Over-tourism – what is it and what are its consequences?
In the wake of the last decade’s economic and technological developments in air transportation, travelling to distant places has not only become easier, but it is also cheaper than ever and new fuel-efficient airplane engines are likely to make this tendency grow even more. In 2016, for example, 1.23 billion people leisurely travelled to countries where they did not live according to the World Tourism Organization.
As a result of this growth in tourism, some destinations receive massive numbers of visitors each year. When this situation leads to the deterioration of these places’ sights as well as their environment, then we talk about over-tourism.
When travelling, tourists have a tendency to focus on the city center and its landmarks as opposed to venturing out into the city’s outskirts. This means that not all areas are affected equally and the damage concentrates on the regions most tourists visit. There are many environmental consequences related to this issue, such as the amount of trash created by tourists during their stay, the amount of carbon dioxide produced due to an increasing need of transportation, and the possible deterioration of the local fauna and flora. Traffic jams and overcrowding are other common problems that can, in more ways than one, jam a destination’s infrastructure. These consequences do not only have an influence on the area but also on the tourists’ experience, since they cannot completely enjoy their sightseeing due to crowds trying to visit the same spots.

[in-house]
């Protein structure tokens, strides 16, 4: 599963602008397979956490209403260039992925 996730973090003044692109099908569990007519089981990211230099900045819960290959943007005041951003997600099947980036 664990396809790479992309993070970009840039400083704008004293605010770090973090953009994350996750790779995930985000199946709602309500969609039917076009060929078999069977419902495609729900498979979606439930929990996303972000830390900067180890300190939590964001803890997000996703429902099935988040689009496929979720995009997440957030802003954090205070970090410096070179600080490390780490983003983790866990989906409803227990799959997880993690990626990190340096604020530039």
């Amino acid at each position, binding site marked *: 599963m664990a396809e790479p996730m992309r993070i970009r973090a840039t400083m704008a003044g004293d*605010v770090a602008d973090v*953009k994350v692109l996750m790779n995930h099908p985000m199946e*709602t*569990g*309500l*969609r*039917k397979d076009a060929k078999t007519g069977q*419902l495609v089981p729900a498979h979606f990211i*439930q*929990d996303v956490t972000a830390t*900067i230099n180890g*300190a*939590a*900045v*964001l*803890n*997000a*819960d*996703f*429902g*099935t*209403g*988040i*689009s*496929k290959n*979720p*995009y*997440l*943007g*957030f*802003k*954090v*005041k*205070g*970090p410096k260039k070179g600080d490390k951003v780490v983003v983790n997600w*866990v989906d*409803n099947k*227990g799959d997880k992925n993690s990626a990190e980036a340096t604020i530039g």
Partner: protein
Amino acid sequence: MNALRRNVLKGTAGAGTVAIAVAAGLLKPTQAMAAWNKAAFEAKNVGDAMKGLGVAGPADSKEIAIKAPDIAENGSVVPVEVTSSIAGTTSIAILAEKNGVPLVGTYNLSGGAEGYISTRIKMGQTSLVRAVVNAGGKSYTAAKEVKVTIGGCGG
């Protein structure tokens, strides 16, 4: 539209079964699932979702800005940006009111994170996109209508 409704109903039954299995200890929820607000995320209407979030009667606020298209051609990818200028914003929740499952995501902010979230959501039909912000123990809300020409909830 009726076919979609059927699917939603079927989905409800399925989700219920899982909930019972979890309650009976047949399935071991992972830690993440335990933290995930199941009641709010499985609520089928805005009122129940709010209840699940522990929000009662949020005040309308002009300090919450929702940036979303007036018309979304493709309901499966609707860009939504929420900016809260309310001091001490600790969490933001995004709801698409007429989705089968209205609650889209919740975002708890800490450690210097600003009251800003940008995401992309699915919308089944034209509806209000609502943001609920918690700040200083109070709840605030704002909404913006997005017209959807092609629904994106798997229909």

Many cities around the world face this reality. Venice, for example, receives about 30 million visitors per year. This situation seems to be worsened when we take into account that most of them go there for day trips or stay only for a short period of time. Many tourists who arrive in the city on a cruise ship, for example, do not spend money there, since they have everything they need on their ship.
Amsterdam, which is another city that has to deal with over-tourism, is trying to attract visitors to other areas such as the beach, which is 18 miles away from the city center. By doing this, the municipality is trying to redirect people to other places so that the most visited ones are not always overcrowded.
However, this problem is not only affecting big cities but also small towns and villages. To describe a situation as over-tourism, in this sense, one has to consider the context and the proportions of the places being visited. One million visitors is almost nothing for sites that see an influx of up to 30 million people, but it is far too much for a small village, such as Hallstatt in Austria. This village has only 800 residents, all of whom have had their lives changed drastically due to the amount of travellers who are taking over the village, taking pictures and recording videos to post on their social media.
In this way, over-tourism does not have to do with specific numbers of tourists but it has more to do with the situation in which this number has negative impacts on the area being visited and on the local residents’ lives. Hence, diversifying the areas tourists visit by advertising possible touristic destinations away from the main attractions, as well as promoting more responsible and sustainable ways of travelling, can be beneficial to both the regions visited and the tourists themselves.